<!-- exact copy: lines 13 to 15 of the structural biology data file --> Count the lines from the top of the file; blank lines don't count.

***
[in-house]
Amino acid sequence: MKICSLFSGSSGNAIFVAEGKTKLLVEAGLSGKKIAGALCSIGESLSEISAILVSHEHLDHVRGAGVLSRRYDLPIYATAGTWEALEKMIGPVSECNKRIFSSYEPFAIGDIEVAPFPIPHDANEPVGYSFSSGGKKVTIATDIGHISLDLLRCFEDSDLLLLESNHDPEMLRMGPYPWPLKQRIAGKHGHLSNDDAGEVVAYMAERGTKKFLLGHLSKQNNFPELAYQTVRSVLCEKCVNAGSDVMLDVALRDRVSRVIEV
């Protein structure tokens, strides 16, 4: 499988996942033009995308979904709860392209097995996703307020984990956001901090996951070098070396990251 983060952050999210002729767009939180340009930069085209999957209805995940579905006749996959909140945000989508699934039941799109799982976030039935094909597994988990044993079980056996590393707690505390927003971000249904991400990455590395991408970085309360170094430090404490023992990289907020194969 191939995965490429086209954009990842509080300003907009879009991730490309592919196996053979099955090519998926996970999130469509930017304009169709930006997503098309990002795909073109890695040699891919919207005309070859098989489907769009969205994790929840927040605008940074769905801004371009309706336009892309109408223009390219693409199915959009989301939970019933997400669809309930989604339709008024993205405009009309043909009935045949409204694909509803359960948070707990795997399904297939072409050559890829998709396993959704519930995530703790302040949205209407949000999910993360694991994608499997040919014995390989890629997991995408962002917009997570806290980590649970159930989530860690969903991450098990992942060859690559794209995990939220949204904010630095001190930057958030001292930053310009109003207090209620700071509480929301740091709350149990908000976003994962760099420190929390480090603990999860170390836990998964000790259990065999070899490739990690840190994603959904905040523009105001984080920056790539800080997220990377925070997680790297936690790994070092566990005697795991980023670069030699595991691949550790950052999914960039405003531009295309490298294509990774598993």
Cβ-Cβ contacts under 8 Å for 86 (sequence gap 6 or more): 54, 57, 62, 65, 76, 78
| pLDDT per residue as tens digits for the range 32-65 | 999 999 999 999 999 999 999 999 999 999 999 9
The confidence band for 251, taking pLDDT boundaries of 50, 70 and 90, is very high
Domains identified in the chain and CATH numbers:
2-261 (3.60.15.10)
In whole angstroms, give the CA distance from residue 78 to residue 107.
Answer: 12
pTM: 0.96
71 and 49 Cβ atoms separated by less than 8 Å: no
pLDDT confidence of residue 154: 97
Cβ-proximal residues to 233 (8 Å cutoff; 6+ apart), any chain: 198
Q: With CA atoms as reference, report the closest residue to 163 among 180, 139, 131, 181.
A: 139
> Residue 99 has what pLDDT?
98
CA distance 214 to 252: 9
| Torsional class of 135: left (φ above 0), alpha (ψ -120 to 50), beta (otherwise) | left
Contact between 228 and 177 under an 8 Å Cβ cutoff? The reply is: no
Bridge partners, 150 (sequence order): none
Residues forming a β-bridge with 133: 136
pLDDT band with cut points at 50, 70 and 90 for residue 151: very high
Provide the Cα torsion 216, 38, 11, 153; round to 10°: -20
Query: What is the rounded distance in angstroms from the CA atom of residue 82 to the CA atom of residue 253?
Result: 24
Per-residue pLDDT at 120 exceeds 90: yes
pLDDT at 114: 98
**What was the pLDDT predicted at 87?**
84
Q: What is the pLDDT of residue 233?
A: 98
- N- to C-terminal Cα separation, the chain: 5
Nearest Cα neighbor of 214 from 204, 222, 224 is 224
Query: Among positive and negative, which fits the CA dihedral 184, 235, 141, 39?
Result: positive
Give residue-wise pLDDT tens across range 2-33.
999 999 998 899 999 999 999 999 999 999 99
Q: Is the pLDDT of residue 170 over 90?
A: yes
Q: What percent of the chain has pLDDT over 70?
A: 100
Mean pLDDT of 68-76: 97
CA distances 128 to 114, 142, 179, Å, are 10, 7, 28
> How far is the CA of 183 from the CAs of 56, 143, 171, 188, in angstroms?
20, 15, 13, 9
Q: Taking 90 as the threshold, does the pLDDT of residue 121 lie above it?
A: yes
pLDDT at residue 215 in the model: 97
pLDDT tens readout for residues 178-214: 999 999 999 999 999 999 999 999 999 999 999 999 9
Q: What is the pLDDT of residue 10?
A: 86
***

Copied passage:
pLDDT confidence of residue 154: 97
Cβ-proximal residues to 233 (8 Å cutoff; 6+ apart), any chain: 198
Q: With CA atoms as reference, report the closest residue to 163 among 180, 139, 131, 181.